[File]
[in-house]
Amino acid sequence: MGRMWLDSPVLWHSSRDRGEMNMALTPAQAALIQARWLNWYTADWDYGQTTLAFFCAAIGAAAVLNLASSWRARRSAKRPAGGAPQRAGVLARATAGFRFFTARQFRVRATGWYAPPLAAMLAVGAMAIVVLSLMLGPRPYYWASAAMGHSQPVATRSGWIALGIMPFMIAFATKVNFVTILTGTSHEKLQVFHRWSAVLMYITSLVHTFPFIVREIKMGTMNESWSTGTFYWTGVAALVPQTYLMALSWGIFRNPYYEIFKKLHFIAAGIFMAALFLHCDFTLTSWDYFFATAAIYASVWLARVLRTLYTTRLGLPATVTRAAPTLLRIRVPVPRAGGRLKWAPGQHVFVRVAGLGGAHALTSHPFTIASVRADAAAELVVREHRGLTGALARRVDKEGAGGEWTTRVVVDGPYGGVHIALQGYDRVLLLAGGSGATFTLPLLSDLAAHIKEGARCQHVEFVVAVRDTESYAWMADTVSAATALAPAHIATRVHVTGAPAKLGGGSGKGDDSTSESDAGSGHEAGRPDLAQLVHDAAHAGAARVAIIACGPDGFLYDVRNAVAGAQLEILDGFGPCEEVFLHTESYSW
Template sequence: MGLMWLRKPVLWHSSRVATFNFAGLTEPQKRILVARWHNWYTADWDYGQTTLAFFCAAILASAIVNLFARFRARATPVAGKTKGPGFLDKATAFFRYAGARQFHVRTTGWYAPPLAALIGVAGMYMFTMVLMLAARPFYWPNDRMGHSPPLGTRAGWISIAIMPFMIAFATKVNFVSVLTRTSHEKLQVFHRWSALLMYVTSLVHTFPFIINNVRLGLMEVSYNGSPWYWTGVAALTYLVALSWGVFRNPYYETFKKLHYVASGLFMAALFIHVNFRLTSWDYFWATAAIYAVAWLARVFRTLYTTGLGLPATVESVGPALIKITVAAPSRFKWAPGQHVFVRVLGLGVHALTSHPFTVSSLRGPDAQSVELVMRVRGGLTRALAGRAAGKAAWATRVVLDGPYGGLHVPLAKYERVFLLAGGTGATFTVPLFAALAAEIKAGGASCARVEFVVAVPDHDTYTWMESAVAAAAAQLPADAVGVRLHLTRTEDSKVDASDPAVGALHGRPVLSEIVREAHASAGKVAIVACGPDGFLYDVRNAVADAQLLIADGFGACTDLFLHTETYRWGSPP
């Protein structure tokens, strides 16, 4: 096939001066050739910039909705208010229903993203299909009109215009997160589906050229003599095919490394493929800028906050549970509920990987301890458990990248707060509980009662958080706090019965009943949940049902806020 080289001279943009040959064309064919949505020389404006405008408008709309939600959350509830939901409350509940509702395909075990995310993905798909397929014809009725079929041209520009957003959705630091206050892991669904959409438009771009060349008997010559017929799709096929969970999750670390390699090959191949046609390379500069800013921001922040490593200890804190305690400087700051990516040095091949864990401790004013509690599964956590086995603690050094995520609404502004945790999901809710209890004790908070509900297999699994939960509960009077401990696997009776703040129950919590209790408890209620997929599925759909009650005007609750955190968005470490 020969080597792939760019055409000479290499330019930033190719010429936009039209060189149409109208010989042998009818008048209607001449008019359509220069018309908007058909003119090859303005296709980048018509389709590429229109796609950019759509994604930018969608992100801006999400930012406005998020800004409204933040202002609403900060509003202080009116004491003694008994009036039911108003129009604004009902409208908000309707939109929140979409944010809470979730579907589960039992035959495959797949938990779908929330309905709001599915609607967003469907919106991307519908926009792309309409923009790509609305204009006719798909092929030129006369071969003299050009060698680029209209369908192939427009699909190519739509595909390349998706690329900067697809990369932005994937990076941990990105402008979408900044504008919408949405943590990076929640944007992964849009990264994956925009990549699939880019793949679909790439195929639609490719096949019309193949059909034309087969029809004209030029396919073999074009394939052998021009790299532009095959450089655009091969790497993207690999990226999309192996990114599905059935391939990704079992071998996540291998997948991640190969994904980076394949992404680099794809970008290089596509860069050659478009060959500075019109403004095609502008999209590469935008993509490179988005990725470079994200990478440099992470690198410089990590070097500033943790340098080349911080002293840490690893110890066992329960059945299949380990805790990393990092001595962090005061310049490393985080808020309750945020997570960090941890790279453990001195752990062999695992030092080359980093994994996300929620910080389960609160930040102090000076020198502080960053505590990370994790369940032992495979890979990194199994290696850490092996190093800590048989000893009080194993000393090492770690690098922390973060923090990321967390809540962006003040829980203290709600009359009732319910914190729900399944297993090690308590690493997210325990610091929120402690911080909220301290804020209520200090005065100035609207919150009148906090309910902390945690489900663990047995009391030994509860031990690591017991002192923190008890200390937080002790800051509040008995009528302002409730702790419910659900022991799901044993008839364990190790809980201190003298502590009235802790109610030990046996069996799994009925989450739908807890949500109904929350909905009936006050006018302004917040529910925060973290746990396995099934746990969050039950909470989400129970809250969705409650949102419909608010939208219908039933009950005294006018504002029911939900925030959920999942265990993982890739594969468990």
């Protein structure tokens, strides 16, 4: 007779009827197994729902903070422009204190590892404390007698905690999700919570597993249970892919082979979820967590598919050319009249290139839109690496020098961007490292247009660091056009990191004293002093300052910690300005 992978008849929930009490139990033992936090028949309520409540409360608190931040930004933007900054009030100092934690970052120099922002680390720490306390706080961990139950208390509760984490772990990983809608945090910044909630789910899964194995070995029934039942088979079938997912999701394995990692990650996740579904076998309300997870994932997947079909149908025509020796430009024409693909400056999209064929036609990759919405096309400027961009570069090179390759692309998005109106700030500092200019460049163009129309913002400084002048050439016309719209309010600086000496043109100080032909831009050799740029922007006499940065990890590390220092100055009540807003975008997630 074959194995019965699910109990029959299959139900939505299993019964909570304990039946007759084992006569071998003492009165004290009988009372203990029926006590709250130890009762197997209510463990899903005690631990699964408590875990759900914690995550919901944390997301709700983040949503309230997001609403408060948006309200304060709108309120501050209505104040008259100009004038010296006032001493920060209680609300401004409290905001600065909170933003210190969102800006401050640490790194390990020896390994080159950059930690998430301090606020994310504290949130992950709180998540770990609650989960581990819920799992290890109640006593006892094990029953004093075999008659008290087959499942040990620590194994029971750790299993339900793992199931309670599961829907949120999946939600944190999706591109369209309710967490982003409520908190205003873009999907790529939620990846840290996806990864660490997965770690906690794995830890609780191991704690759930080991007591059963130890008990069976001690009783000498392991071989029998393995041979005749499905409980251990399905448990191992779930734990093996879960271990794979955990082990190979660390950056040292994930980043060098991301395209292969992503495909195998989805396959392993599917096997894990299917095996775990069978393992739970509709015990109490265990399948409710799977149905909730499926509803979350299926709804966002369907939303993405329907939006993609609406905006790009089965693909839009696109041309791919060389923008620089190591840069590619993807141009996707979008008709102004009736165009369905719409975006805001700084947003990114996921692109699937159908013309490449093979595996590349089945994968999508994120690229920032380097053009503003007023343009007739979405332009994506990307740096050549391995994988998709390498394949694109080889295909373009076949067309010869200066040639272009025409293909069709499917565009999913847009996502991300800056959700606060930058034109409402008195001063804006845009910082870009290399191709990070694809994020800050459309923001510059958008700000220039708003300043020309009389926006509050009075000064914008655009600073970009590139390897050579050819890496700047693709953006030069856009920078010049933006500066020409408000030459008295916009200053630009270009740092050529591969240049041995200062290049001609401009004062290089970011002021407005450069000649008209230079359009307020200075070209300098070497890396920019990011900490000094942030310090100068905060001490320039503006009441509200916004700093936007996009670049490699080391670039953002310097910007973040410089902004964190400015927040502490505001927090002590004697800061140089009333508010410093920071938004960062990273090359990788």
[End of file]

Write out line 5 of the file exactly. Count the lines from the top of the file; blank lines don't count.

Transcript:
């Protein structure tokens, strides 16, 4: 007779009827197994729902903070422009204190590892404390007698905690999700919570597993249970892919082979979820967590598919050319009249290139839109690496020098961007490292247009660091056009990191004293002093300052910690300005 992978008849929930009490139990033992936090028949309520409540409360608190931040930004933007900054009030100092934690970052120099922002680390720490306390706080961990139950208390509760984490772990990983809608945090910044909630789910899964194995070995029934039942088979079938997912999701394995990692990650996740579904076998309300997870994932997947079909149908025509020796430009024409693909400056999209064929036609990759919405096309400027961009570069090179390759692309998005109106700030500092200019460049163009129309913002400084002048050439016309719209309010600086000496043109100080032909831009050799740029922007006499940065990890590390220092100055009540807003975008997630 074959194995019965699910109990029959299959139900939505299993019964909570304990039946007759084992006569071998003492009165004290009988009372203990029926006590709250130890009762197997209510463990899903005690631990699964408590875990759900914690995550919901944390997301709700983040949503309230997001609403408060948006309200304060709108309120501050209505104040008259100009004038010296006032001493920060209680609300401004409290905001600065909170933003210190969102800006401050640490790194390990020896390994080159950059930690998430301090606020994310504290949130992950709180998540770990609650989960581990819920799992290890109640006593006892094990029953004093075999008659008290087959499942040990620590194994029971750790299993339900793992199931309670599961829907949120999946939600944190999706591109369209309710967490982003409520908190205003873009999907790529939620990846840290996806990864660490997965770690906690794995830890609780191991704690759930080991007591059963130890008990069976001690009783000498392991071989029998393995041979005749499905409980251990399905448990191992779930734990093996879960271990794979955990082990190979660390950056040292994930980043060098991301395209292969992503495909195998989805396959392993599917096997894990299917095996775990069978393992739970509709015990109490265990399948409710799977149905909730499926509803979350299926709804966002369907939303993405329907939006993609609406905006790009089965693909839009696109041309791919060389923008620089190591840069590619993807141009996707979008008709102004009736165009369905719409975006805001700084947003990114996921692109699937159908013309490449093979595996590349089945994968999508994120690229920032380097053009503003007023343009007739979405332009994506990307740096050549391995994988998709390498394949694109080889295909373009076949067309010869200066040639272009025409293909069709499917565009999913847009996502991300800056959700606060930058034109409402008195001063804006845009910082870009290399191709990070694809994020800050459309923001510059958008700000220039708003300043020309009389926006509050009075000064914008655009600073970009590139390897050579050819890496700047693709953006030069856009920078010049933006500066020409408000030459008295916009200053630009270009740092050529591969240049041995200062290049001609401009004062290089970011002021407005450069000649008209230079359009307020200075070209300098070497890396920019990011900490000094942030310090100068905060001490320039503006009441509200916004700093936007996009670049490699080391670039953002310097910007973040410089902004964190400015927040502490505001927090002590004697800061140089009333508010410093920071938004960062990273090359990788």